Luis Cabrera Urrea – Sandoz
Luis Cabrera Urrea’s eyes light up when he describes the challenges of his role as legal head for Sandoz Mexico, Central America and the Caribbean, an affiliate of the global leader in generic pharmaceuticals. A litigator at heart, Cabrera believes in generics and sees his company’s efforts to make affordable, high-quality drugs available to the masses as a David-and-Goliath battle.
“If you are on the innovators’ side, you have the weapon,” he says, extending his thumb and index finger and brandishing the imaginary pistol like a gunslinger from an old Western. “You own the patent. You use the patent and shoot at anyone who wants to launch a generic version of your product.”
As Sandoz’s counsel, Cabrera is always watching which patents are expiring and helping to decide how Sandoz should launch new products in Mexico, Central America and the Caribbean. For example, he could seek an opinion that Sandoz is not infringing on a patent, or he could try to cancel the patent with the help of outside counsel. In Mexico, some patents are granted despite not meeting all legal requirements, so generics have occasionally successfully challenged them.
Having worked for Novartis, a brand-name drug manufacturer also known as an innovator (Sandoz is a division of Novartis, which is in the process of spinning it off), Cabrera has been helping launch generics for 12 years now, and there’s no question what he finds more fulfilling.
“It’s very rewarding as a lawyer to try to improve access to medicines in order to give patients more opportunities to take care of their health,” he says.
Fighting delay tactics
The contest between generic and patented pharmaceuticals has recently become a race against time for both sides.
“Lately, in these last couple of years, it has been very difficult to have a date of loss of exclusivity [of patents],” Cabrera says. “All the originators, the pharmaceutical companies that have patents, try in Mexico to extend the patent life and exclusivity.”
Case in point: Sandoz Mexico wanted to market a specialty molecule to treat cardiovascular problems. But in late 2021, the pharmaceutical company holding the relevant patent extended the patent by another year.
So, Cabrera and his team drafted a legal assessment in coordination with the global team and launched legal actions based on its conclusions. Those included a constitutional trial, or amparo action, in which he argued Sandoz had the right to receive an expedited answer on its marketing authorization application.
“And we finally got the marketing authorization,” Cabrera says. “The action that we started was successful. And now we are able to market the product and benefit patients.”
Winning a ‘biosimilar’ battle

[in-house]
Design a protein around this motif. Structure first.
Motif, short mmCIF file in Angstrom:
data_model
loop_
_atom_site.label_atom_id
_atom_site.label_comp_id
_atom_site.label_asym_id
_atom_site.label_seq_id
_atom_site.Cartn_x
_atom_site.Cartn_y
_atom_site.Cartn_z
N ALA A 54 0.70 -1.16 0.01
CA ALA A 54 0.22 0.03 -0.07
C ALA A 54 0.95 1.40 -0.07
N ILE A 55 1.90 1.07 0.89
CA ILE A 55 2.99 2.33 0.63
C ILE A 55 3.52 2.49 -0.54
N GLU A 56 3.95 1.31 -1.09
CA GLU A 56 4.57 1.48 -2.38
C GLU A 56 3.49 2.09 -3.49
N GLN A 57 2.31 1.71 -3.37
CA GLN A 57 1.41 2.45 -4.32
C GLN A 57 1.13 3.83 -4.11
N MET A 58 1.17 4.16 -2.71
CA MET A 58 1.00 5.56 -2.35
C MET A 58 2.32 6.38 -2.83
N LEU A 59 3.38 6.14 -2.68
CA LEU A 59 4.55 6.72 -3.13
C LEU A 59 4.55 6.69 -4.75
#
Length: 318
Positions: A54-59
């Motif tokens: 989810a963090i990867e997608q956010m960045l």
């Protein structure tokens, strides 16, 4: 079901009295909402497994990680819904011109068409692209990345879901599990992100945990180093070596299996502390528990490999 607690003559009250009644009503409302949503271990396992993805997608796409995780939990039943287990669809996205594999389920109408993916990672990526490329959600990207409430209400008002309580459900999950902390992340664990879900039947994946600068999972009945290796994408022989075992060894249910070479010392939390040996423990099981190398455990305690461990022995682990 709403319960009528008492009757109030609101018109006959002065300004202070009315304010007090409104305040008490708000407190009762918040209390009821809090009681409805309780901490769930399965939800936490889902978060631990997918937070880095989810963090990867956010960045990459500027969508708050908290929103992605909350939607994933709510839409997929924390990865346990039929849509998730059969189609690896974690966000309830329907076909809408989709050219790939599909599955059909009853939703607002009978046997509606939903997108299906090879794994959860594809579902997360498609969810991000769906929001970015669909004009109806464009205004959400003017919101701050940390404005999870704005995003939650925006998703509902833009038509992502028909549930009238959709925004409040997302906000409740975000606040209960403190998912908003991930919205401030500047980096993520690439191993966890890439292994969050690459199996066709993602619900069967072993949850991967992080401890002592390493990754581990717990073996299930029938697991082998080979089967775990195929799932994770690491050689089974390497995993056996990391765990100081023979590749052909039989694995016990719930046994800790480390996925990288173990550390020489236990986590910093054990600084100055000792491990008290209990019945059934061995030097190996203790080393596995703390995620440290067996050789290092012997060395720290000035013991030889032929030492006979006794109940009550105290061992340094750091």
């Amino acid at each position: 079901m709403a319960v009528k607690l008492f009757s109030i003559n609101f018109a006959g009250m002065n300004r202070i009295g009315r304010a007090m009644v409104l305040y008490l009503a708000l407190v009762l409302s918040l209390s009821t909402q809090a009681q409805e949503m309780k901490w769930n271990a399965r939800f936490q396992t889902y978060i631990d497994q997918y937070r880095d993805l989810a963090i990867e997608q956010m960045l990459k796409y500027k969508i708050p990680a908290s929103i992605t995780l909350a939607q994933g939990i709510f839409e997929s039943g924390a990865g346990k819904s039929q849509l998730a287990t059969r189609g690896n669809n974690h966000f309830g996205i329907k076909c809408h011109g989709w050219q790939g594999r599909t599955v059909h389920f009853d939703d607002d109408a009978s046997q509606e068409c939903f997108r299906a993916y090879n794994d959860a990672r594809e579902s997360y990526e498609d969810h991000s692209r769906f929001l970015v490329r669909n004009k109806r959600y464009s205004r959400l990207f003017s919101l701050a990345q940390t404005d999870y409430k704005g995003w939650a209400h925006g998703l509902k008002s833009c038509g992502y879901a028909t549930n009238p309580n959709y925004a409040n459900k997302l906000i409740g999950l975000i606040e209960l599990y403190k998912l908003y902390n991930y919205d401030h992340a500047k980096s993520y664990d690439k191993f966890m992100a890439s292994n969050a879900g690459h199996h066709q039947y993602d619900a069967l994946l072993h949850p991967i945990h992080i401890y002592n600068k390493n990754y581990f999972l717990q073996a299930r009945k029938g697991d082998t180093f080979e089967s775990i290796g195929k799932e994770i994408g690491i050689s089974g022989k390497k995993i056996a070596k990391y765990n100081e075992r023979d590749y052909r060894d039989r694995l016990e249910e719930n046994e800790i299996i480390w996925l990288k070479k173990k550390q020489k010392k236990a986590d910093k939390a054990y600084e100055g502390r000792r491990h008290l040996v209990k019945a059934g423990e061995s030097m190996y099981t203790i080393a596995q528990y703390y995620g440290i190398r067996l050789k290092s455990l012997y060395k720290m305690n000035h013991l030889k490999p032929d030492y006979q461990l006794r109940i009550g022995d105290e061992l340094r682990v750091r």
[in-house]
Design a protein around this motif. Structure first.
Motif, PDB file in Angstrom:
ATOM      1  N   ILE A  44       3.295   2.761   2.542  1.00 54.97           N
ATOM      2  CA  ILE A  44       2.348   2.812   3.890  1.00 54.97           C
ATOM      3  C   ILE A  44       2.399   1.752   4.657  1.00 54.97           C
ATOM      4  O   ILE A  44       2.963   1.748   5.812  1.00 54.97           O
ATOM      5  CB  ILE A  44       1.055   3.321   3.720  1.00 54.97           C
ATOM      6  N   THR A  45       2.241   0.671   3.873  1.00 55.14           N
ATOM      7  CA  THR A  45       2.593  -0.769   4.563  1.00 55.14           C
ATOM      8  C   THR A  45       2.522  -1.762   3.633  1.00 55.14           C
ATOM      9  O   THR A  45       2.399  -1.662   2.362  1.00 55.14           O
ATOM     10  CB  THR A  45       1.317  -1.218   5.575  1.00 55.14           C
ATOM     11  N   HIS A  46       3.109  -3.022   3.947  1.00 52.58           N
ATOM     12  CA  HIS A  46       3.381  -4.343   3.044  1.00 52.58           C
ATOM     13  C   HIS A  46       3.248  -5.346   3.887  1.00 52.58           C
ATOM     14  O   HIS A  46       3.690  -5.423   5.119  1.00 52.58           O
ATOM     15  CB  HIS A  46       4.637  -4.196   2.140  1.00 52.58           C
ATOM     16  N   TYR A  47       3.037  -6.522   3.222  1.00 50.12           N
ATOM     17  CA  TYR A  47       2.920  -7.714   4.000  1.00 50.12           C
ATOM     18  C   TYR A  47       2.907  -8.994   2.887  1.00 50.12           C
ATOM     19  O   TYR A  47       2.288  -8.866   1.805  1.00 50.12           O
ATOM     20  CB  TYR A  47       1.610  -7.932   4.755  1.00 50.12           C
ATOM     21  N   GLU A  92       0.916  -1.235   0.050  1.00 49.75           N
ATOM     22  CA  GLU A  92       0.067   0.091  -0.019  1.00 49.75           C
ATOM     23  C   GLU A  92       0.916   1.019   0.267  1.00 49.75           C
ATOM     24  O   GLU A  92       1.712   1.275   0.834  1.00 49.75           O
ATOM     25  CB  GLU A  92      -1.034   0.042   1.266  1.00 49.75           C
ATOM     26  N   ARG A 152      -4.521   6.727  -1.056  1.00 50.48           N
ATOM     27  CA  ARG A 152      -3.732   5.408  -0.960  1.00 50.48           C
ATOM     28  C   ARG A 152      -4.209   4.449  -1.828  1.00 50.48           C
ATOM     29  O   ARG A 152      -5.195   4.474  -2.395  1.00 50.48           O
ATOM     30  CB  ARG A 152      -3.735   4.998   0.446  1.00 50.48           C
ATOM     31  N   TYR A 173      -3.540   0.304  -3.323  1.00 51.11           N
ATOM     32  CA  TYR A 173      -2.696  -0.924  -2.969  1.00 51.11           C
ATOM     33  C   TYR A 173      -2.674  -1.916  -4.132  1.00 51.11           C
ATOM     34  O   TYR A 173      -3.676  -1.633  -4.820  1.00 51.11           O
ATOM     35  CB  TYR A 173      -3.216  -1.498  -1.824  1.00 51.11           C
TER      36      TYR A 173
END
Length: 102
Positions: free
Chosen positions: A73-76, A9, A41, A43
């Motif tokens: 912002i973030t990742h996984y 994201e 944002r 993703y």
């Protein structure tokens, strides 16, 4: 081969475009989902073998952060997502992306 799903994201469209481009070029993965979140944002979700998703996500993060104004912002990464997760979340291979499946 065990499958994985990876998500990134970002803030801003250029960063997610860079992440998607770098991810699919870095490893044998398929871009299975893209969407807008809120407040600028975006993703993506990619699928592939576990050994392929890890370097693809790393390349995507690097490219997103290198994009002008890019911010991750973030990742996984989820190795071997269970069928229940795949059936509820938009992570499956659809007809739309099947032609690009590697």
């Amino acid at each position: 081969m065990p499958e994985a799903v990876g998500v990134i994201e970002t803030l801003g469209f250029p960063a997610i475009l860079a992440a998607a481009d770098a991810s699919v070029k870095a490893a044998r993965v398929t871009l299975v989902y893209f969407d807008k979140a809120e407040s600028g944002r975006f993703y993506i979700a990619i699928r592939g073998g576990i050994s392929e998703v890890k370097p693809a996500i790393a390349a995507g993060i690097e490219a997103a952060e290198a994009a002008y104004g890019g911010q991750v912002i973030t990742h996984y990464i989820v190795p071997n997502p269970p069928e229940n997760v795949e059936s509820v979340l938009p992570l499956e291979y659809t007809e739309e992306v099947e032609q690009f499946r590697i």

Another project involves an anti-rheumatoid arthritis biosimilar that is a generic form of a drug for that illness. Rheumatoid arthritis is a painful condition that is difficult to treat and can require heavy-duty painkillers.
In this case, Cabrera had the intellectual property front covered: Sandoz was a licensee of that patent. However, the biologic company used two international treaties to block competition from the market—NAFTA (which was later replaced by the T-MEC free-trade agreement); and the TRIPS agreement, a set of intellectual-property standards for seven categories of IP. It also filed litigation to stop the launch of the generic.
Specifically, the biologic company went to Mexico’s Ministry of Health and requested regulatory exclusivity, then got a preliminary injunction to stop all marketing authorizations. Cabrera and his team filed amparo suits to learn what the justification was for the regulatory exclusivity claim and to unblock Sandoz’s marketing authorization. After a ruling in Sandoz’s favor, Sandoz finally got the marketing authorization.
At stake for Sandoz Mexico is an attractive market for its biosimilar—the product would be sold on both private and public markets there (a more difficult legal challenge for Cabrera, but a rewarding path for his company)—and the resulting profits. At stake for rheumatoid arthritis patients is affordable treatment of a debilitating condition.
Falling in love with patent litigation
While he is now a specialist in intellectual property, Cabrera defines himself as a litigator above all. A 2007 graduate of Universidad La Salle, where he earned his law degree, Cabrera also studied constitutional trials and later obtained a specialization degree in intellectual property from Universidad Panamericana. He also received his master’s there before completing business training at IPADE Business School in 2022.
After starting his legal career as a law clerk at Bufete Ostos Abogados in 2005, Cabrera became an attorney at Chevez, Ruiz, Zamarripa y Cia two years later.
“My main experience is to be in trial,” he says. “And once I got to a law firm which specialized in intellectual property, and I started to see these kinds of cases—related to pharmaceuticals, to generics—once I got there, I was in love with these cases. And more specifically, patent litigation cases.”
Cabrera also gained valuable experience at his next role, appeal manager at the National Commission for the Pension System, and as a senior legal manager at Novartis after that. (He returned to private practice between 2010 and 2015, with a stint as an associate at Arochi & Lindner in particular teaching him more about pharmaceutical patent cases.)
For now, Cabrera is happy where he is, defending generic medicines against pharma behemoths.
“I don’t know what’s going to happen in the future, because I don’t have a crystal ball, but I am sure that I would like to make this my life’s work,” he says. “To be in this environment of the generics and the pharmaceutical companies, life sciences and intellectual property—for me that is the most important part of my career.”
View this feature in the Vanguard Spring I 2023 Edition here.
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